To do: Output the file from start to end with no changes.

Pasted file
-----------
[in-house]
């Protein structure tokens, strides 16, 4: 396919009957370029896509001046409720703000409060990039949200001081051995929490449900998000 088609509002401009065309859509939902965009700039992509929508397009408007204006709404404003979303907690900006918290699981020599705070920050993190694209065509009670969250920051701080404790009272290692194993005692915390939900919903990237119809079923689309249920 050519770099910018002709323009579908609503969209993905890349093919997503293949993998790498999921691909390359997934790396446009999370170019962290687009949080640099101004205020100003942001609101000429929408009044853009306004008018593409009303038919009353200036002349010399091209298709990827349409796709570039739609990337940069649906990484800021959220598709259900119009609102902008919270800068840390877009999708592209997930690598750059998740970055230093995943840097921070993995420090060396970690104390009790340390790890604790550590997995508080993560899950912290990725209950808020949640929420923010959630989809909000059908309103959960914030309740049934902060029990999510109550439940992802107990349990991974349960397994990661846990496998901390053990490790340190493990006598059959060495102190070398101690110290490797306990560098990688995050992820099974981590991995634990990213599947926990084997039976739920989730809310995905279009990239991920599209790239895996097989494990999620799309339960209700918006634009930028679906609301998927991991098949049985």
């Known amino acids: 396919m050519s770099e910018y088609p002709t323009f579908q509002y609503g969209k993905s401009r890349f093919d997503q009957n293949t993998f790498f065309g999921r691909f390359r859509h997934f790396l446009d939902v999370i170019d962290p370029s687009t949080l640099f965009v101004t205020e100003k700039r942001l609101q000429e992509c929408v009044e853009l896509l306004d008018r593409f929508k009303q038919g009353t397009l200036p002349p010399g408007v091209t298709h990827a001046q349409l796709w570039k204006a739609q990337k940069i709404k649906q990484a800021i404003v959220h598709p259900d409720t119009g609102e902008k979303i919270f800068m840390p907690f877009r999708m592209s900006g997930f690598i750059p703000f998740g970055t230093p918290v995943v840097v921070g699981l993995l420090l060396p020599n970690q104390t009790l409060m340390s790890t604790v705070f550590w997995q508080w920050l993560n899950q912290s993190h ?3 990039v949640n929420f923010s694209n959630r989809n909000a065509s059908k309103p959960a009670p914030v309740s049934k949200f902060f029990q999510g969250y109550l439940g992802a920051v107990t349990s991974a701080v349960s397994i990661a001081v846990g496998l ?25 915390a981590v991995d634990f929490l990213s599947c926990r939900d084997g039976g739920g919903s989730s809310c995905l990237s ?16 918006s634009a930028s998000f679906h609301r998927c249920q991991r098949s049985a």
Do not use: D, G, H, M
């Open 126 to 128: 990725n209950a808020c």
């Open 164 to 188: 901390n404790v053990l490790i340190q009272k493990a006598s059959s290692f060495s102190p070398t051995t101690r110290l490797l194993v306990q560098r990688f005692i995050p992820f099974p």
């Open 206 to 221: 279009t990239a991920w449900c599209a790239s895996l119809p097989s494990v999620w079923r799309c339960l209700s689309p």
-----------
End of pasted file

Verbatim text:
[in-house]
């Protein structure tokens, strides 16, 4: 396919009957370029896509001046409720703000409060990039949200001081051995929490449900998000 088609509002401009065309859509939902965009700039992509929508397009408007204006709404404003979303907690900006918290699981020599705070920050993190694209065509009670969250920051701080404790009272290692194993005692915390939900919903990237119809079923689309249920 050519770099910018002709323009579908609503969209993905890349093919997503293949993998790498999921691909390359997934790396446009999370170019962290687009949080640099101004205020100003942001609101000429929408009044853009306004008018593409009303038919009353200036002349010399091209298709990827349409796709570039739609990337940069649906990484800021959220598709259900119009609102902008919270800068840390877009999708592209997930690598750059998740970055230093995943840097921070993995420090060396970690104390009790340390790890604790550590997995508080993560899950912290990725209950808020949640929420923010959630989809909000059908309103959960914030309740049934902060029990999510109550439940992802107990349990991974349960397994990661846990496998901390053990490790340190493990006598059959060495102190070398101690110290490797306990560098990688995050992820099974981590991995634990990213599947926990084997039976739920989730809310995905279009990239991920599209790239895996097989494990999620799309339960209700918006634009930028679906609301998927991991098949049985």
């Known amino acids: 396919m050519s770099e910018y088609p002709t323009f579908q509002y609503g969209k993905s401009r890349f093919d997503q009957n293949t993998f790498f065309g999921r691909f390359r859509h997934f790396l446009d939902v999370i170019d962290p370029s687009t949080l640099f965009v101004t205020e100003k700039r942001l609101q000429e992509c929408v009044e853009l896509l306004d008018r593409f929508k009303q038919g009353t397009l200036p002349p010399g408007v091209t298709h990827a001046q349409l796709w570039k204006a739609q990337k940069i709404k649906q990484a800021i404003v959220h598709p259900d409720t119009g609102e902008k979303i919270f800068m840390p907690f877009r999708m592209s900006g997930f690598i750059p703000f998740g970055t230093p918290v995943v840097v921070g699981l993995l420090l060396p020599n970690q104390t009790l409060m340390s790890t604790v705070f550590w997995q508080w920050l993560n899950q912290s993190h ?3 990039v949640n929420f923010s694209n959630r989809n909000a065509s059908k309103p959960a009670p914030v309740s049934k949200f902060f029990q999510g969250y109550l439940g992802a920051v107990t349990s991974a701080v349960s397994i990661a001081v846990g496998l ?25 915390a981590v991995d634990f929490l990213s599947c926990r939900d084997g039976g739920g919903s989730s809310c995905l990237s ?16 918006s634009a930028s998000f679906h609301r998927c249920q991991r098949s049985a």
Do not use: D, G, H, M
């Open 126 to 128: 990725n209950a808020c």
């Open 164 to 188: 901390n404790v053990l490790i340190q009272k493990a006598s059959s290692f060495s102190p070398t051995t101690r110290l490797l194993v306990q560098r990688f005692i995050p992820f099974p």
């Open 206 to 221: 279009t990239a991920w449900c599209a790239s895996l119809p097989s494990v999620w079923r799309c339960l209700s689309p």